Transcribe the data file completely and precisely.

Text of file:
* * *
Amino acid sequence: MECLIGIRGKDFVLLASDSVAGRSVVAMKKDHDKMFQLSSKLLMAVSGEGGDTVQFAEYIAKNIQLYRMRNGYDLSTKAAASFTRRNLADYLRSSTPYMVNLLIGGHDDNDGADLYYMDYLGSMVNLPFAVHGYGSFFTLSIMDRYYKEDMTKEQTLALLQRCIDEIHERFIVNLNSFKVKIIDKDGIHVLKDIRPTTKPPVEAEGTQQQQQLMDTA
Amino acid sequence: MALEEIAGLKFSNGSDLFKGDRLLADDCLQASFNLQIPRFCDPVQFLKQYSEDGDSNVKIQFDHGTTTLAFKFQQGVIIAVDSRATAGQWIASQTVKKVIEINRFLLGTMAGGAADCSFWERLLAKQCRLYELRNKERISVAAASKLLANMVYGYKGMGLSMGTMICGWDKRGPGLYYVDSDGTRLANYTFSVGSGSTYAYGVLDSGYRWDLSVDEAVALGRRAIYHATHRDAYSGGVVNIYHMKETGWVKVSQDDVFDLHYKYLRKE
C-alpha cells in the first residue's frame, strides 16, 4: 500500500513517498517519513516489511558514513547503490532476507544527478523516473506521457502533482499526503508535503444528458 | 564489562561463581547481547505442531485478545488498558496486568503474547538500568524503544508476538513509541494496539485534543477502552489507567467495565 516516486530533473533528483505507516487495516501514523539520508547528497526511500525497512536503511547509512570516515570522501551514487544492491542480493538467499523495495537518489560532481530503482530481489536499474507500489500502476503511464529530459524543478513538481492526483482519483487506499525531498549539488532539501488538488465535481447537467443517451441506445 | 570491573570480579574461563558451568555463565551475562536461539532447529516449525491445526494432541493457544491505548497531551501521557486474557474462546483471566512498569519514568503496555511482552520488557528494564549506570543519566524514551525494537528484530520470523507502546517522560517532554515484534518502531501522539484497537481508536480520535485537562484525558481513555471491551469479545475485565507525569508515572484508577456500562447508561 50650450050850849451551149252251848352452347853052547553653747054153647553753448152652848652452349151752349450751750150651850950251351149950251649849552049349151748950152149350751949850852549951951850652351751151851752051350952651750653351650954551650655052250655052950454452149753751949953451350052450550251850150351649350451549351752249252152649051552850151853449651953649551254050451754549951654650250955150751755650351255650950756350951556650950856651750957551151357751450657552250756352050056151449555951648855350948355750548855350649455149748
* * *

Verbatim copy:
Amino acid sequence: MECLIGIRGKDFVLLASDSVAGRSVVAMKKDHDKMFQLSSKLLMAVSGEGGDTVQFAEYIAKNIQLYRMRNGYDLSTKAAASFTRRNLADYLRSSTPYMVNLLIGGHDDNDGADLYYMDYLGSMVNLPFAVHGYGSFFTLSIMDRYYKEDMTKEQTLALLQRCIDEIHERFIVNLNSFKVKIIDKDGIHVLKDIRPTTKPPVEAEGTQQQQQLMDTA
Amino acid sequence: MALEEIAGLKFSNGSDLFKGDRLLADDCLQASFNLQIPRFCDPVQFLKQYSEDGDSNVKIQFDHGTTTLAFKFQQGVIIAVDSRATAGQWIASQTVKKVIEINRFLLGTMAGGAADCSFWERLLAKQCRLYELRNKERISVAAASKLLANMVYGYKGMGLSMGTMICGWDKRGPGLYYVDSDGTRLANYTFSVGSGSTYAYGVLDSGYRWDLSVDEAVALGRRAIYHATHRDAYSGGVVNIYHMKETGWVKVSQDDVFDLHYKYLRKE
C-alpha cells in the first residue's frame, strides 16, 4: 500500500513517498517519513516489511558514513547503490532476507544527478523516473506521457502533482499526503508535503444528458 | 564489562561463581547481547505442531485478545488498558496486568503474547538500568524503544508476538513509541494496539485534543477502552489507567467495565 516516486530533473533528483505507516487495516501514523539520508547528497526511500525497512536503511547509512570516515570522501551514487544492491542480493538467499523495495537518489560532481530503482530481489536499474507500489500502476503511464529530459524543478513538481492526483482519483487506499525531498549539488532539501488538488465535481447537467443517451441506445 | 570491573570480579574461563558451568555463565551475562536461539532447529516449525491445526494432541493457544491505548497531551501521557486474557474462546483471566512498569519514568503496555511482552520488557528494564549506570543519566524514551525494537528484530520470523507502546517522560517532554515484534518502531501522539484497537481508536480520535485537562484525558481513555471491551469479545475485565507525569508515572484508577456500562447508561 50650450050850849451551149252251848352452347853052547553653747054153647553753448152652848652452349151752349450751750150651850950251351149950251649849552049349151748950152149350751949850852549951951850652351751151851752051350952651750653351650954551650655052250655052950454452149753751949953451350052450550251850150351649350451549351752249252152649051552850151853449651953649551254050451754549951654650250955150751755650351255650950756350951556650950856651750957551151357751450657552250756352050056151449555951648855350948355750548855350649455149748